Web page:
An iconic design and construction
The completed construction of Stockingfield Bridge marks a significant milestone for the £13.7 million Places for Everyone project.
Once complete, the bridge will connect the communities of Maryhill, Gilshochill, and Ruchill in North Glasgow for walking, wheeling and cycling for the first time.
A major boost to health and wellbeing, the new bridge will give local residents stunning views of the city and a convenient access point to the Forth & Clyde Canal in a way not before possible.
The uniquely forked structure of the bridge not only maximises the number of active travel connections available to users, including improved accessibility to Glasgow west end and city centre, but also serves as a stylish centrepiece to the restored greenspace in the area.
Added public realm improvements, such as seating areas and tree and shrub planting, will help build a sense of community in the area and offer shared space for relaxation and socialisation.
The imminent addition of community artworks along the route will further consolidate the value of the impressive structure.
For those walking, wheeling or cycling further afield, the completion of the bridge also links together the smooth and continuous route stretching the length of the canal from Bowling on the Clyde to Edinburgh in the east via National Cycle Network Route 754.
The inaugural crossing
To mark the construction of Stockingfield Bridge, representatives from Scottish Canals, Glasgow City Council and Sustrans joined Minister for Zero Carbon Buildings, Active Travel and Tenants’ Rights, Patrick Harvie MSP as well as local residents to be the first to cross Stockingfield Bridge.
Minister for Active Travel Patrick Harvie said:
“It’s fantastic to see the Stockingfield Bridge take final shape and reconnect communities across the north of Glasgow. The Scottish Government has provided over £13 million to deliver this project because it unlocks real change in the opportunities that people will have to travel more actively – improving health, wellbeing and protecting our environment.Patrick Harvie, MSP, Scottish Green Party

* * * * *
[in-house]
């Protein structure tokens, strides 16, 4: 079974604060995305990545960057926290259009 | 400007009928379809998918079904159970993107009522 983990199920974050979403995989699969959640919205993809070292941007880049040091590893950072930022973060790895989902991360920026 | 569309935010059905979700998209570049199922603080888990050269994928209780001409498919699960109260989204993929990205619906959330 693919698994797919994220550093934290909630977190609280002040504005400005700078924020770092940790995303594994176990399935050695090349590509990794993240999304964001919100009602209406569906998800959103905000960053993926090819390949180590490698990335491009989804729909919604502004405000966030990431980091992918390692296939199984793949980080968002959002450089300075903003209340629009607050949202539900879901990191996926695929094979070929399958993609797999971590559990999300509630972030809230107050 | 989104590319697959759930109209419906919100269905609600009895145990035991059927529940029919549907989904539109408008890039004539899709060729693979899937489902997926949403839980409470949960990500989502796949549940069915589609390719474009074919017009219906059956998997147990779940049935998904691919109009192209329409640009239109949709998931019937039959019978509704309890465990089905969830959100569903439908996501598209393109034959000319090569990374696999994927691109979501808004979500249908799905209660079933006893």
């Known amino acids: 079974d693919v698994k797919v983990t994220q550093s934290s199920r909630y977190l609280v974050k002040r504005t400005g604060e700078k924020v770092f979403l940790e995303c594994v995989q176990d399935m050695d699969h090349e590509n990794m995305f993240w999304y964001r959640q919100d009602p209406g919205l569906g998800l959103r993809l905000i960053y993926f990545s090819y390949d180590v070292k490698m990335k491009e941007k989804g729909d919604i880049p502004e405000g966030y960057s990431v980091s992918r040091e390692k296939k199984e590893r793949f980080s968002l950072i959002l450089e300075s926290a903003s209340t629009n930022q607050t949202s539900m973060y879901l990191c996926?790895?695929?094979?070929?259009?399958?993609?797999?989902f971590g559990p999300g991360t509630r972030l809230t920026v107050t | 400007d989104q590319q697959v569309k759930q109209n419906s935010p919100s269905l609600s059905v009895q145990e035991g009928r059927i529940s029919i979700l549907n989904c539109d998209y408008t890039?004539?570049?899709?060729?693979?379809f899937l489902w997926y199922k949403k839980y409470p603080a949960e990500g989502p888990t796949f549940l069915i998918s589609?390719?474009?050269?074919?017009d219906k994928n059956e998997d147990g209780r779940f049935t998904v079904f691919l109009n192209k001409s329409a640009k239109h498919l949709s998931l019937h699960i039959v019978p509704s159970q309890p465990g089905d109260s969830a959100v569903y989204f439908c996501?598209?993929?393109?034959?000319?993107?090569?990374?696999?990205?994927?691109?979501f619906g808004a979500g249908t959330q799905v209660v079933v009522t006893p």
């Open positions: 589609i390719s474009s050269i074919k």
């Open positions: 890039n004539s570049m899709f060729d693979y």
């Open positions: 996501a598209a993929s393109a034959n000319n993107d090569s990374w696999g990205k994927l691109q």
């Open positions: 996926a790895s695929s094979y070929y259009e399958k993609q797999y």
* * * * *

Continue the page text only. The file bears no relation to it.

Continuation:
The project is being delivered by Scottish Canals with funding from the Scottish Government through Sustrans’ Places for Everyone scheme, as well as the Glasgow City Council’s Vacant Derelict Land Fund.
Karen McGregor, Portfolio Director for Sustrans, said:
“The completed construction of Stockingfield Bridge creates invaluable space for walking wheeling and cycling, and represents a significant improvement to the health and wellbeing of the people of North Glasgow.Karen McGregor, Sustrans
“Not only does this new connection create a safe and convenient active travel route between Ruchill, Gilshochill, Maryhill and on to the west end and city centre, it opens up a scenic setting for residents and visitors in the area to relax and enjoy what the Forth and Clyde Canal has to offer.”
Richard Millar, Chief Operating Officer at Scottish Canals, said:
“Stockingfield Bridge will greatly boost active travel alternatives for people travelling about the city, making a walking or wheeling commute to work a viable and enjoyable experience.
For the first time, locals will be able to move effortlessly from these three communities to the city centre and the west end, providing new access to amenities, services, and employment possibilities. The project’s community-led art element will make Stockingfield a completely new destination, attracting new people to visit and raising the reputation of this section of the city to new heights.”Richard Millar, Scottish Canals
Community artworks to come
People travelling by foot and wheel will soon be able to enjoy everything the project has to offer.
Final works include groundwork initiatives along the towpath, which incorporates a new recreational space and the delivery of 8 community artwork installations, celebrating the proud industrial history of the area.
All of the artworks have a local link along with community participation. They range from sculptures commemorating the area’s industrial background to ceramic mosaics created by the community and metalwork honouring the role of disabled people in North Glasgow.
The project is due to be completed during the 200th anniversary of the Union and Caledonian canals in September, when the bridge will open to the wider public.
The conclusion of this landmark undertaking will mark a new era for Scotland’s inland waterways, one that prioritises active travel, health, and community.